Legume is an important class of plants that provides protein in diet for a significant proportion of human population as well as supplies nitrogen to environments. Legumes perform a special symbiotic process called nitrogen fixation (NF) that can fix atmospheric nitrogen (N2) to ammonia (NH3) by rhizobium. Papilionoideae subfamily contains majority of commercially important legumes as well as model legume species. Papilionoideae subfamily can be divided into two groups. One is Hologalegina (cool season legumes), including Medicago truncatula (Mt), chickpea (Cicer arietinum, Ca), and Lotus japonicus (Lj), the other is Phaseoloid (warm season legumes), including soybean (Glycine max, Gm), common bean (Phaseolus vulgaris, Pv), and pigeonpea (Cajanus cajan, Cc). In context of understanding biological process of NF, many mutants were developed or identified and NF-related genes were isolated from two model legumes, Mt and Lj (Kouchi et al., 2010). While genome sequencing projects were initiated earlier in Mt (Young et al., 2011) and Lj (Sato et al., 2008), genome sequences have become available for crop legumes like soybean (Schmutz et al., 2010), pigeonpea (Varshney et al., 2012), chickpea (Varshney et al., 2013), common bean (http://phytozome.net). Nevertheless, even before the availability of genome sequences, researchers exploited the BAC sequences to understand not only comparative evolutionary history of a range of genes but also genome duplication and divergence events (Schlueter et al., 2007; Shin et al., 2008; Kim et al., 2009). As genome sequences of several legumes have become available in recent years, analysis for speciation and rearrangements is possible in more species.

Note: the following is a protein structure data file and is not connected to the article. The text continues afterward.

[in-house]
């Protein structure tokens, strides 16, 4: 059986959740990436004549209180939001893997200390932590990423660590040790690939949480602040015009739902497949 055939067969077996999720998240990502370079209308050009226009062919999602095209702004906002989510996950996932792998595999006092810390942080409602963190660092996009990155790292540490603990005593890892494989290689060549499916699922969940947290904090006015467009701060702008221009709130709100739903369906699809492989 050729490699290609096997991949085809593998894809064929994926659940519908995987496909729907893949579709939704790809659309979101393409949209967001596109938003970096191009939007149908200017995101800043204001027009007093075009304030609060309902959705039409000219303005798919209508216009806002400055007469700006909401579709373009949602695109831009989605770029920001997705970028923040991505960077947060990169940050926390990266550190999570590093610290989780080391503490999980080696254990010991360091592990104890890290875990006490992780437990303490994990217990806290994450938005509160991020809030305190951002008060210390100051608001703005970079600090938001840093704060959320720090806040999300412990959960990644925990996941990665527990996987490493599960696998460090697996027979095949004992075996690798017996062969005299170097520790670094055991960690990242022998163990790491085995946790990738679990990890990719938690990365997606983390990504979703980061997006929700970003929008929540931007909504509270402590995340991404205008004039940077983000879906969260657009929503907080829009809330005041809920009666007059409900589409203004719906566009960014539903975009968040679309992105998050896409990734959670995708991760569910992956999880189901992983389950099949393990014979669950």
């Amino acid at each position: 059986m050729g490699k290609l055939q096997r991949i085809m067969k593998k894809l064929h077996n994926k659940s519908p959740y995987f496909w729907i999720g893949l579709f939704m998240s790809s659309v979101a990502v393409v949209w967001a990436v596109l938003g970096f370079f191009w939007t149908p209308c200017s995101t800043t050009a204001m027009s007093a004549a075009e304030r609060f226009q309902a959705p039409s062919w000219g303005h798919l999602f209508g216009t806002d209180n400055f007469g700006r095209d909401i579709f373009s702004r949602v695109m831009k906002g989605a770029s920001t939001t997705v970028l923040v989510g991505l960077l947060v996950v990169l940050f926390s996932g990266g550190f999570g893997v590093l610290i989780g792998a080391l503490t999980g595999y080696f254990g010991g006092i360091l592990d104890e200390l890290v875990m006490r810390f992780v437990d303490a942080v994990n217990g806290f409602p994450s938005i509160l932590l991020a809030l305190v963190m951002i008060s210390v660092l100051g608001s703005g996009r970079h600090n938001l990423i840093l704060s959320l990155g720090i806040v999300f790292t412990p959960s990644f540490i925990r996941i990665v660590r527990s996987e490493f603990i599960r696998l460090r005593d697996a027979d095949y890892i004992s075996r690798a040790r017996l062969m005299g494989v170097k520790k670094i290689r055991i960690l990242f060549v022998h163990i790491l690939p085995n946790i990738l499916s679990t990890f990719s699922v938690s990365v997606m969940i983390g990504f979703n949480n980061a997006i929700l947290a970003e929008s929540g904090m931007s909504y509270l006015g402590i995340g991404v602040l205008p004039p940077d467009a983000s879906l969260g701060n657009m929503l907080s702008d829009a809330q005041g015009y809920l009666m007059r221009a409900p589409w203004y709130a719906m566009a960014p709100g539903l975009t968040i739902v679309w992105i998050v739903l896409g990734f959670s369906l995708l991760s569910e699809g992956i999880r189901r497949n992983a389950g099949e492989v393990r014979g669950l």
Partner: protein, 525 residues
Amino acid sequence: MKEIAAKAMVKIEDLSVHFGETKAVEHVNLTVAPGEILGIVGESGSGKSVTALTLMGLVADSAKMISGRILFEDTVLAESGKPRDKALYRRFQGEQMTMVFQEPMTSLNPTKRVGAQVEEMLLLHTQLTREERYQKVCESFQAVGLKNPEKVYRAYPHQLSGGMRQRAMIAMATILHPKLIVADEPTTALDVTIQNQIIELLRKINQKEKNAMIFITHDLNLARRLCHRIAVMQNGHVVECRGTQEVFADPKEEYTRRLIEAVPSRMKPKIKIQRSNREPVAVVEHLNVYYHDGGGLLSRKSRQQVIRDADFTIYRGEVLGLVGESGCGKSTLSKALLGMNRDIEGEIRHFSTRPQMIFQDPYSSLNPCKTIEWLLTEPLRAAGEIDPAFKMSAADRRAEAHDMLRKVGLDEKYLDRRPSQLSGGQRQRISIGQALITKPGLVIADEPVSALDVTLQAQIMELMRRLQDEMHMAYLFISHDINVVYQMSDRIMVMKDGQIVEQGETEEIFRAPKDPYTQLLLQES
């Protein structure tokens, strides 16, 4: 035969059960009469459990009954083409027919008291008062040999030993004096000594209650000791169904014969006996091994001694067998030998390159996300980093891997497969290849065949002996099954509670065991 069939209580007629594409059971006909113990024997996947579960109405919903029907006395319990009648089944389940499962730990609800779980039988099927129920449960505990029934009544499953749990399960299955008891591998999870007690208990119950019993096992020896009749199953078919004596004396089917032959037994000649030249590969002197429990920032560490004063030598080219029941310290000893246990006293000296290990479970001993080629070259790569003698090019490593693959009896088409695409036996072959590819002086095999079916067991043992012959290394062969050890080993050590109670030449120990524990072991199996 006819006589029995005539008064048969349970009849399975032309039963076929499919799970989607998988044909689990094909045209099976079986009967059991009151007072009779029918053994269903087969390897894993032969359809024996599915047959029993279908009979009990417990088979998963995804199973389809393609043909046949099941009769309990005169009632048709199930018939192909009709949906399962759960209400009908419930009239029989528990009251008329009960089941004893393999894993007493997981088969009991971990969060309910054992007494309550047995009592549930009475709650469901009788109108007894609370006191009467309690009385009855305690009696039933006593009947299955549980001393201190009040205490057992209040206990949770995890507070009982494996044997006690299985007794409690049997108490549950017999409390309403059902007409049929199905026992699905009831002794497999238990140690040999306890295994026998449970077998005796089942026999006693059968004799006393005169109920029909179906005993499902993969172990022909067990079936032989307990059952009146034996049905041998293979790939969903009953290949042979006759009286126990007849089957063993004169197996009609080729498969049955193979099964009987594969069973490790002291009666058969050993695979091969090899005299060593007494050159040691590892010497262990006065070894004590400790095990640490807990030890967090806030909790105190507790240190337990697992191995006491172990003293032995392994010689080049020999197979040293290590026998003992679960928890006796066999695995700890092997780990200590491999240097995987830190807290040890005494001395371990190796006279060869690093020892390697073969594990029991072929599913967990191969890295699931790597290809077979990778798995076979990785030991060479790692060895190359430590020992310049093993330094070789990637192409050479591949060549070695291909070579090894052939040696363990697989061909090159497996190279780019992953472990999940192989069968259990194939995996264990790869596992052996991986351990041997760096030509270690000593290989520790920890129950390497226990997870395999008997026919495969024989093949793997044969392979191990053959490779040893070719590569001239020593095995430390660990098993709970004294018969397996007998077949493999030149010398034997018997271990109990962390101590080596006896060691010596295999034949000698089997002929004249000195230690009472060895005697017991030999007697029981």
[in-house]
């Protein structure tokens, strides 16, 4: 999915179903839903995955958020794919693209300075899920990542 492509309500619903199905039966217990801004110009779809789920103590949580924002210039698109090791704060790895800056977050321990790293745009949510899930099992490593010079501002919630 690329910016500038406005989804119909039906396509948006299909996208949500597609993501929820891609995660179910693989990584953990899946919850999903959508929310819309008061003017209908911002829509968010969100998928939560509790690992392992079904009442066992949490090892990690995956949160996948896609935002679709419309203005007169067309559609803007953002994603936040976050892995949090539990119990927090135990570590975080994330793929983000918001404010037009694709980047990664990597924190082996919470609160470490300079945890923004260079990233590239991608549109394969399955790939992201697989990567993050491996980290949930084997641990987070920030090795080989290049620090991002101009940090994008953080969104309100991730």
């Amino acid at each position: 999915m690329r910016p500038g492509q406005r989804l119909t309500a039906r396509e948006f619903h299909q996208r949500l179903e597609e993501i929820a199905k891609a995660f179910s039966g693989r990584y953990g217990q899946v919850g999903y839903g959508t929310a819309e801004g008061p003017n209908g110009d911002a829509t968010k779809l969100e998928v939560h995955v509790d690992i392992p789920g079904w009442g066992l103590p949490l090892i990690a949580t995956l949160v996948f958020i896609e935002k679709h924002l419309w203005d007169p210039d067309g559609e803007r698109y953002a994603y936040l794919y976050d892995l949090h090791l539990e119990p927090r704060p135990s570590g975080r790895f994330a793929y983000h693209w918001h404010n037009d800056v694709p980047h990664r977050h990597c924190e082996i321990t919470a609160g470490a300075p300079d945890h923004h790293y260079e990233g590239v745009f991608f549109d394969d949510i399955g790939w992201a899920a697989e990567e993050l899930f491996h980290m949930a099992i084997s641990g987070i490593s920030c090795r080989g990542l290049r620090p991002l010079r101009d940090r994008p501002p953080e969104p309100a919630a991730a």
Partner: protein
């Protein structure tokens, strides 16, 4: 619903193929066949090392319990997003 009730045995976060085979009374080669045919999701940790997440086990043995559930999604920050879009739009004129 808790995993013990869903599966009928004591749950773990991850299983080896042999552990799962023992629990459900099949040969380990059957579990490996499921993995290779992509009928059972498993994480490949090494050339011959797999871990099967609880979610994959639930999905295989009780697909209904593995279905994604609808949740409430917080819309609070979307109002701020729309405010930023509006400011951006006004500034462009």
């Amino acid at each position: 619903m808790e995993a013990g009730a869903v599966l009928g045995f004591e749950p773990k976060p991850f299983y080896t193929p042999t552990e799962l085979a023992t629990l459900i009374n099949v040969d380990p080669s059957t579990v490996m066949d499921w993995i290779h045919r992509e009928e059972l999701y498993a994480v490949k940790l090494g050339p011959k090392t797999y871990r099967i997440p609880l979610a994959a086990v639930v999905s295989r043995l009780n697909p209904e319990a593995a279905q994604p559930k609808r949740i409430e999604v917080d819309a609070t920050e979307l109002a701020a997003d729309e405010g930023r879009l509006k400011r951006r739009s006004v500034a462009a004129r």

NF-related genes are very specific and essential to legumes therefore they can be good genomic tools for understanding the process of evolution in legumes. Moreover, morphological differences of nodulation have been used as one of the taxonomic criteria so it is plausible to utilize sequences of NF-related genes for phylogenetic analysis (Sprent, 2000, 2007). After several times of major and minor rearrangements, legumes were diverged into different species (Lavin et al., 2005). Orthologs originate from speciation while paralogs are caused by duplication (Koonin, 2005). It is also important to note that while some genes can be duplicated before speciation and some after speciation. To avoid confusion of such genes with orthologs and paralogs, duplicated genes before speciation are called outparalogs and after speciation are called inparalogs (Koonin, 2005).